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Mechanism for Fruit and Seed Development in Flowering Plants Now Identified

Rising global temperatures affect pollinator populations and food production is becoming increasingly difficult for farmers. A new study at the University of Maryland addresses this issue, giving insights into how flowering plants develop fruits and seeds. In the study led by Zhongchi Liu, the team aimed to discover how fertilization — or pollination — triggers the fruit development process. The team suspected that an internal communication system signals the plant to develop fruit, but the researchers were unsure how that system was being activated by fertilization or pollination.

 

Rising global temperatures affect pollinator populations and food production is becoming increasingly difficult for farmers. A new study at the University of Maryland addresses this issue, giving insights into how flowering plants develop fruits and seeds.

 

In the study led by Zhongchi Liu, the team aimed to discover how fertilization — or pollination — triggers the fruit development process. The team suspected that an internal communication system signals the plant to develop fruit, but the researchers were unsure how that system was being activated by fertilization or pollination. To find out, the team simulated pollination and fruit development mechanisms using strawberry plants as they are particularly suited to fertilization modeling due to their unique structure and seed location.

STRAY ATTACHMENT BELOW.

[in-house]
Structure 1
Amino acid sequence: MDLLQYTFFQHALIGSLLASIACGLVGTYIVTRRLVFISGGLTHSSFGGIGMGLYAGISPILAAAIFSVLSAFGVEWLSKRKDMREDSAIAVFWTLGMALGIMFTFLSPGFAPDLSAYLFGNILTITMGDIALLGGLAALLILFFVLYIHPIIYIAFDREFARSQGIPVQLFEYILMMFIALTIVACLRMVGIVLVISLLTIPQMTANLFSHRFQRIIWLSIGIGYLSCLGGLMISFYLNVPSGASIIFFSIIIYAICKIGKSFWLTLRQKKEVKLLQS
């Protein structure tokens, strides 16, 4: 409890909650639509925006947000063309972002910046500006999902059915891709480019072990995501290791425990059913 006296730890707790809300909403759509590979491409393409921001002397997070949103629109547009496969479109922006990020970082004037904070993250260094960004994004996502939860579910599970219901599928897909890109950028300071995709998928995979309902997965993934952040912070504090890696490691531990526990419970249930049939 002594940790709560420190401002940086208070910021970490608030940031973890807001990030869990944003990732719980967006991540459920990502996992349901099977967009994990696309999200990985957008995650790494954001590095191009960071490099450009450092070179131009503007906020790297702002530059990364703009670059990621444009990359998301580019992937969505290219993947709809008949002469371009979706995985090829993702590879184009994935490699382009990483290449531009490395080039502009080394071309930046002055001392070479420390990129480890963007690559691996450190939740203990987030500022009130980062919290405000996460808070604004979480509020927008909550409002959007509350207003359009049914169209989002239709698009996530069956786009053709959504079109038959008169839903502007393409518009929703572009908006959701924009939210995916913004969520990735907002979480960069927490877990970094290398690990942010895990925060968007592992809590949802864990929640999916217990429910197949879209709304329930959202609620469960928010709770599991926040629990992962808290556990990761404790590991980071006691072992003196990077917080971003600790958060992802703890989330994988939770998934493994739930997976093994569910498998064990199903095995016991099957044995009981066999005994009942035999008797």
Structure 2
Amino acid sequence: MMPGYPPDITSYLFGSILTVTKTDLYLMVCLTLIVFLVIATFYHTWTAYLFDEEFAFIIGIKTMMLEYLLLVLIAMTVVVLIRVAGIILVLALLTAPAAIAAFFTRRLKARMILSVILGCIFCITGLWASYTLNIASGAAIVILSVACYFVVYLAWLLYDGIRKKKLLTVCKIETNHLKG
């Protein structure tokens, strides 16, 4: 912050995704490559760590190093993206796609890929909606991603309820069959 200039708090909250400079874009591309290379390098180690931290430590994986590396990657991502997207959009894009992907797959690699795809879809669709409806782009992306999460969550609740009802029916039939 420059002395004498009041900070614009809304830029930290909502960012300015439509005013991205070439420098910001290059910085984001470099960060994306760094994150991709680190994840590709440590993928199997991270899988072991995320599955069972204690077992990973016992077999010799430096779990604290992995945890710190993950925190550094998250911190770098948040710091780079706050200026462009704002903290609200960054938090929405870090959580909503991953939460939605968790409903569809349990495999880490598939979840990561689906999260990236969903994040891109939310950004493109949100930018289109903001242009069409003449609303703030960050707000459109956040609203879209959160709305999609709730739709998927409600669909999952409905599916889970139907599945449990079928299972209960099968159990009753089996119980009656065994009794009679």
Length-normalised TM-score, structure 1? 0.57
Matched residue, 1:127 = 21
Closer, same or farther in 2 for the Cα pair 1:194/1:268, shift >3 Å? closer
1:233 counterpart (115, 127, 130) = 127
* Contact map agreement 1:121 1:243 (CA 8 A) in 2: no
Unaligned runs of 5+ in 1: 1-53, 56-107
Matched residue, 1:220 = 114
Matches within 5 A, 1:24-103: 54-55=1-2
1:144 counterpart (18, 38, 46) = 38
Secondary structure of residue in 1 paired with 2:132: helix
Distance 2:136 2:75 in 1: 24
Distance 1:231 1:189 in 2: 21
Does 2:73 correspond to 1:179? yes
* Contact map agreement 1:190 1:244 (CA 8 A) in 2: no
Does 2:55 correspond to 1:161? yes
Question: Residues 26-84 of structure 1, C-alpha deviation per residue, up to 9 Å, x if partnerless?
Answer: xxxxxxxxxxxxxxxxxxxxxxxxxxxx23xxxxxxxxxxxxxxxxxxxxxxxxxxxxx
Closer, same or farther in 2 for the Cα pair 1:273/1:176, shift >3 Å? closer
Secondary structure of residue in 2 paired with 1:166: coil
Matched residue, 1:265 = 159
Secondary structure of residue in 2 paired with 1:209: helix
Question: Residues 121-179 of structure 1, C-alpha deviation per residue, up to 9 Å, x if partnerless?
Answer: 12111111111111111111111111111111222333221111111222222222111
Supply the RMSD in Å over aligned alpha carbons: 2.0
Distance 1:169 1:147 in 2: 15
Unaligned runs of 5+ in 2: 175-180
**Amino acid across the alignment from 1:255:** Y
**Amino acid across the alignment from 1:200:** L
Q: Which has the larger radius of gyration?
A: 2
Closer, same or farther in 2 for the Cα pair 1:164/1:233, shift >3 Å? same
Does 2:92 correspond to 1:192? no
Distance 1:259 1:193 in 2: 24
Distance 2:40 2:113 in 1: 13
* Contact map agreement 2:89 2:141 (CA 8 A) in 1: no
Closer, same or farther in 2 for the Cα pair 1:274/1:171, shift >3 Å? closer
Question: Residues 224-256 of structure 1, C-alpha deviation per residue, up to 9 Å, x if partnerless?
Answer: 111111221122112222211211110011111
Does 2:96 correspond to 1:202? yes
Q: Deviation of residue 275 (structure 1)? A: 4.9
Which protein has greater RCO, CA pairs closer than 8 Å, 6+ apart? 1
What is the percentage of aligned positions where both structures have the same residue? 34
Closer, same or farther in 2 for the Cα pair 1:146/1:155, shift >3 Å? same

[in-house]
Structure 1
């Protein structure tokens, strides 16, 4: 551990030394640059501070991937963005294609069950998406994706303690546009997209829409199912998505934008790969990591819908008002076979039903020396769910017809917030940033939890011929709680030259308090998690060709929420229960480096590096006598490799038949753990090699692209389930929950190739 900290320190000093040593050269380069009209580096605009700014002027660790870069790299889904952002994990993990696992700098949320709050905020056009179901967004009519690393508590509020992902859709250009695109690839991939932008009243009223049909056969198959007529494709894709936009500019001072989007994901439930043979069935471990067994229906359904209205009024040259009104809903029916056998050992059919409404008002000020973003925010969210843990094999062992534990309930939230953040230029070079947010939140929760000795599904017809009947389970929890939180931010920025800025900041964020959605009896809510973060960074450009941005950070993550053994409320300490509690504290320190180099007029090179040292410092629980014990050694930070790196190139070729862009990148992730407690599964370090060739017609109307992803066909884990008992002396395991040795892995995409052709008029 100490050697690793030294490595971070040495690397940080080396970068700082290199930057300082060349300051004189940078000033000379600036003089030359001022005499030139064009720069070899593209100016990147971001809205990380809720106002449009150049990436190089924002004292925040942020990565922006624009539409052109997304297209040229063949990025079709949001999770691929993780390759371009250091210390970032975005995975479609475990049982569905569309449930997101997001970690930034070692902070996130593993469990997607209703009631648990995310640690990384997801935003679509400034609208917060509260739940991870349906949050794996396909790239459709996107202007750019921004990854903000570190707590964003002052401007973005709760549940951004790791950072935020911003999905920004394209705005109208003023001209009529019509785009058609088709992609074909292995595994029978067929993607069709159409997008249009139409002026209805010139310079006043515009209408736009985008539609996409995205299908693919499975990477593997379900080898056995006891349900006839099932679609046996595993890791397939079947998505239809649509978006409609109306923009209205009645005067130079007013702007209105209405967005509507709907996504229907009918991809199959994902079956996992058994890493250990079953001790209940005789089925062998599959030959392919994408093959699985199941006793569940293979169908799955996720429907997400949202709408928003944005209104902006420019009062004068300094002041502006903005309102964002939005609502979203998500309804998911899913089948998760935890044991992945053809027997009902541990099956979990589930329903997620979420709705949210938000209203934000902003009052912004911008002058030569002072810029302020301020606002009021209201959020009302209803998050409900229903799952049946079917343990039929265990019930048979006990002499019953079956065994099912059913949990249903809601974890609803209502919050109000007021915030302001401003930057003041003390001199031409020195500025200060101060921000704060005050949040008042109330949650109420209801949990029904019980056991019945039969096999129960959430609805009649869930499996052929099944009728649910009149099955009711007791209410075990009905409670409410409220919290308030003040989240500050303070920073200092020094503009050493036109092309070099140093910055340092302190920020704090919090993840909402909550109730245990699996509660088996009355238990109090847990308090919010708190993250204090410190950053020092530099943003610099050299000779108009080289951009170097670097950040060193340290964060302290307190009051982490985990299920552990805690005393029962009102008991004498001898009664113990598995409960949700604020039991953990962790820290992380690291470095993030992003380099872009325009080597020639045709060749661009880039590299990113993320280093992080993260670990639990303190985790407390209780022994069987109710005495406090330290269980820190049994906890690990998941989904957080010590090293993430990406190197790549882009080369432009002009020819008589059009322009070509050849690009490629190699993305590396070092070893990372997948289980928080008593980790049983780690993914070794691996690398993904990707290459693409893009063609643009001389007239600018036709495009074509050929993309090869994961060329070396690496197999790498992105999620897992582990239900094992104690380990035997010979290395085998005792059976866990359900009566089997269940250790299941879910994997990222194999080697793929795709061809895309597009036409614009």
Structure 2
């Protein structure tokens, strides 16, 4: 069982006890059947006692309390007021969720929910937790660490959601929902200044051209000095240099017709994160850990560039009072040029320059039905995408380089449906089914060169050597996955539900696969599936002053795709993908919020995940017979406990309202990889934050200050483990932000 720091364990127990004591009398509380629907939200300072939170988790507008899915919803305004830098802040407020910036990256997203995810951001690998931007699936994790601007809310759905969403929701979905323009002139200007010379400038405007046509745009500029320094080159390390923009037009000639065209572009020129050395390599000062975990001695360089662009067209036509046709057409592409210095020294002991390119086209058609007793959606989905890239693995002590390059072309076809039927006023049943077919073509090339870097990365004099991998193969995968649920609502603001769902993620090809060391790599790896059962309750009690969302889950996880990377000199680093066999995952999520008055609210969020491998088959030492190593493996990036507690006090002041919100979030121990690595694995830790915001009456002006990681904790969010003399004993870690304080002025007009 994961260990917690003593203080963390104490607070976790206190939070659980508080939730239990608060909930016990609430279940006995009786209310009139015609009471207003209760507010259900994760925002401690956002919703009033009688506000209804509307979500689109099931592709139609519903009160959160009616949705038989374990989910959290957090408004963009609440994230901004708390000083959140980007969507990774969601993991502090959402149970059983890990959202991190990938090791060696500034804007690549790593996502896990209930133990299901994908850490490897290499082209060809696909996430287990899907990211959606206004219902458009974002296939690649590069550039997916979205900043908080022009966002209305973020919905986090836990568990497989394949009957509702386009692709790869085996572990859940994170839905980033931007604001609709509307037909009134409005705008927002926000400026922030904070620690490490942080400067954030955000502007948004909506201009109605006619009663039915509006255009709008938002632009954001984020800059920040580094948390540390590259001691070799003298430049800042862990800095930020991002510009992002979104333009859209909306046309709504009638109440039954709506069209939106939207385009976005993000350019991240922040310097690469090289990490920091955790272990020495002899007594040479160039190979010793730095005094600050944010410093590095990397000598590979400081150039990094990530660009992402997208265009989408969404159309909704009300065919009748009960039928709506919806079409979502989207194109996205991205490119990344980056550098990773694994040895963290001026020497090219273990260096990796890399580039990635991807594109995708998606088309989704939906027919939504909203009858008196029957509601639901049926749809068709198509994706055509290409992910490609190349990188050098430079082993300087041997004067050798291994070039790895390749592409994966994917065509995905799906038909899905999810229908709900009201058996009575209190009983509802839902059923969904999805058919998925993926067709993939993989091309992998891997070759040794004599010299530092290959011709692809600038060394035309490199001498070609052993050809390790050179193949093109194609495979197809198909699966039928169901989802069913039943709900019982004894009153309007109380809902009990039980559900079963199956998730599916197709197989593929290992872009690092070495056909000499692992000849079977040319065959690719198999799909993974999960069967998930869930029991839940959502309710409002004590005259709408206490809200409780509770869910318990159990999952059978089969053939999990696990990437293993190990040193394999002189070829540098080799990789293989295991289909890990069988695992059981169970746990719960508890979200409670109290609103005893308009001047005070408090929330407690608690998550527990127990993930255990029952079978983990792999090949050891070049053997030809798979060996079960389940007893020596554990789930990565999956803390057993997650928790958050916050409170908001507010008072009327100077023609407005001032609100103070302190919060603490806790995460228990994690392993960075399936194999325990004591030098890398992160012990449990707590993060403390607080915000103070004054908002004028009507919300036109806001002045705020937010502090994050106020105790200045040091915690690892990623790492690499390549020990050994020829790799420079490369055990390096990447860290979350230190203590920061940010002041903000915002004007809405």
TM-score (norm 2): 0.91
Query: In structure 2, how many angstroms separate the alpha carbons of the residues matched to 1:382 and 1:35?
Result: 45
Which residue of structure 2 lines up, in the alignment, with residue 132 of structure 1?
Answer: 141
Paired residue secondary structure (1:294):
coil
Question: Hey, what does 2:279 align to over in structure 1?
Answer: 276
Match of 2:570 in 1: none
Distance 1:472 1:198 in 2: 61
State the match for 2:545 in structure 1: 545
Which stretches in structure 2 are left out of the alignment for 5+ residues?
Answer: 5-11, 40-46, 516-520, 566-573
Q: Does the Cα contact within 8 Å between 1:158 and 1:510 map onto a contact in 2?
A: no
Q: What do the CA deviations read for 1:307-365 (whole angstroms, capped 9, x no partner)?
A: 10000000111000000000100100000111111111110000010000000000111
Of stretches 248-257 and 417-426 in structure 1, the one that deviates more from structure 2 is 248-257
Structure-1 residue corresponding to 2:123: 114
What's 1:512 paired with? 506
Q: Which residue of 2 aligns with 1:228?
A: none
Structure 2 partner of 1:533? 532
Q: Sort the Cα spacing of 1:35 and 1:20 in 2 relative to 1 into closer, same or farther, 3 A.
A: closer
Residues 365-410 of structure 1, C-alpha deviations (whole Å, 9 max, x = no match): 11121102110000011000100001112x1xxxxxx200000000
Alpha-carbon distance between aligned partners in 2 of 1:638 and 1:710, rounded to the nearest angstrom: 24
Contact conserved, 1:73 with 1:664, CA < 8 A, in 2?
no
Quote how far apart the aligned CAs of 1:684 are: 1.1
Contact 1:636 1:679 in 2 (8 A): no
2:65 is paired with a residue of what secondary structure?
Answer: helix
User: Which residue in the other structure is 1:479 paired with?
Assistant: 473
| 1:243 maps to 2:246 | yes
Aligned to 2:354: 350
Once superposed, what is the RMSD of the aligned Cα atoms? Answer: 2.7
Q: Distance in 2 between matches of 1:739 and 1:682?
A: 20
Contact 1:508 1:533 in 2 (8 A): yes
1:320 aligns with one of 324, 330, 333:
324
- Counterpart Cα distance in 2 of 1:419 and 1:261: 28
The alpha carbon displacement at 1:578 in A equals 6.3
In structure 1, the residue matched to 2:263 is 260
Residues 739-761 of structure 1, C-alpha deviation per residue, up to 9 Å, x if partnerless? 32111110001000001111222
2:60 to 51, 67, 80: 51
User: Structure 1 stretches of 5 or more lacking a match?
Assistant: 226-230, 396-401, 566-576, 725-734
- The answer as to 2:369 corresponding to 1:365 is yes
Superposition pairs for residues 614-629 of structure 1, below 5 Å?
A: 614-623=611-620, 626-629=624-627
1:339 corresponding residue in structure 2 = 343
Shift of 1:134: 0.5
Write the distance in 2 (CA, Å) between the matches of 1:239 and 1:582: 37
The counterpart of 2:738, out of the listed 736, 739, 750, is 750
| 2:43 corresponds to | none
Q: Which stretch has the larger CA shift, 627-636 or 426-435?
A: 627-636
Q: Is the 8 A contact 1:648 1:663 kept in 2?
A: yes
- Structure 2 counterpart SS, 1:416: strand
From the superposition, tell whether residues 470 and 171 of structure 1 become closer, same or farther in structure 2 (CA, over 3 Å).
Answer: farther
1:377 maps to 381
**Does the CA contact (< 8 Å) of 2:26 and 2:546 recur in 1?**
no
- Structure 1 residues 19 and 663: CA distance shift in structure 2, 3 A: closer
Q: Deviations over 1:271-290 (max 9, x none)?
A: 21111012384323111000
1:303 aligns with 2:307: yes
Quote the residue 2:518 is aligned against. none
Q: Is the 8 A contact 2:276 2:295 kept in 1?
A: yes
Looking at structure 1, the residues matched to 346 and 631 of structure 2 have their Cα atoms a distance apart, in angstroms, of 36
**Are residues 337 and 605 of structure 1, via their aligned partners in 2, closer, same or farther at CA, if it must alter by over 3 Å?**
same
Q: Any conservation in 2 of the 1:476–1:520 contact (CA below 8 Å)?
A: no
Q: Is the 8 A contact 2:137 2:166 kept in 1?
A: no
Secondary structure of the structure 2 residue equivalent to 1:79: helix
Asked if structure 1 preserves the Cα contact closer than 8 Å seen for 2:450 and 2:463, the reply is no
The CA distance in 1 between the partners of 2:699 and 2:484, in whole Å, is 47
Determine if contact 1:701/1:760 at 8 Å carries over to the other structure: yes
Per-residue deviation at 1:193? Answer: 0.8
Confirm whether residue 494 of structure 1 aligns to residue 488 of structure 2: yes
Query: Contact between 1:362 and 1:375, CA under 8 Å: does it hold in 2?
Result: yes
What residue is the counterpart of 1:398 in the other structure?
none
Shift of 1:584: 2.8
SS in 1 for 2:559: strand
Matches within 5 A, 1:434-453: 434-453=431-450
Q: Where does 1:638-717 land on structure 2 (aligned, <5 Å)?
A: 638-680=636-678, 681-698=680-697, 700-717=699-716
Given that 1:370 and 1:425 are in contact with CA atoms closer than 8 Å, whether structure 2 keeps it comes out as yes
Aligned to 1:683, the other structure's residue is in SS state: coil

Liu's team identified AGL62, a gene universally found in all flowering plants, as the trigger to a plant's fruit and seed production. AGL62 stimulates the production of the plant growth hormone auxin. Once A6L62 activates, auxin is synthesized to prompt the creation of seed coat, the seed's outer protective layer; the endosperm, the part of a seed that provides food for a developing plant embryo; and fruit. The researchers said that auxin's role in regulating endosperm growth is especially significant as it impacts the size of the grain and enlargement of the fruit.

 

For more details, read the article in the National Science Foundation website.

 

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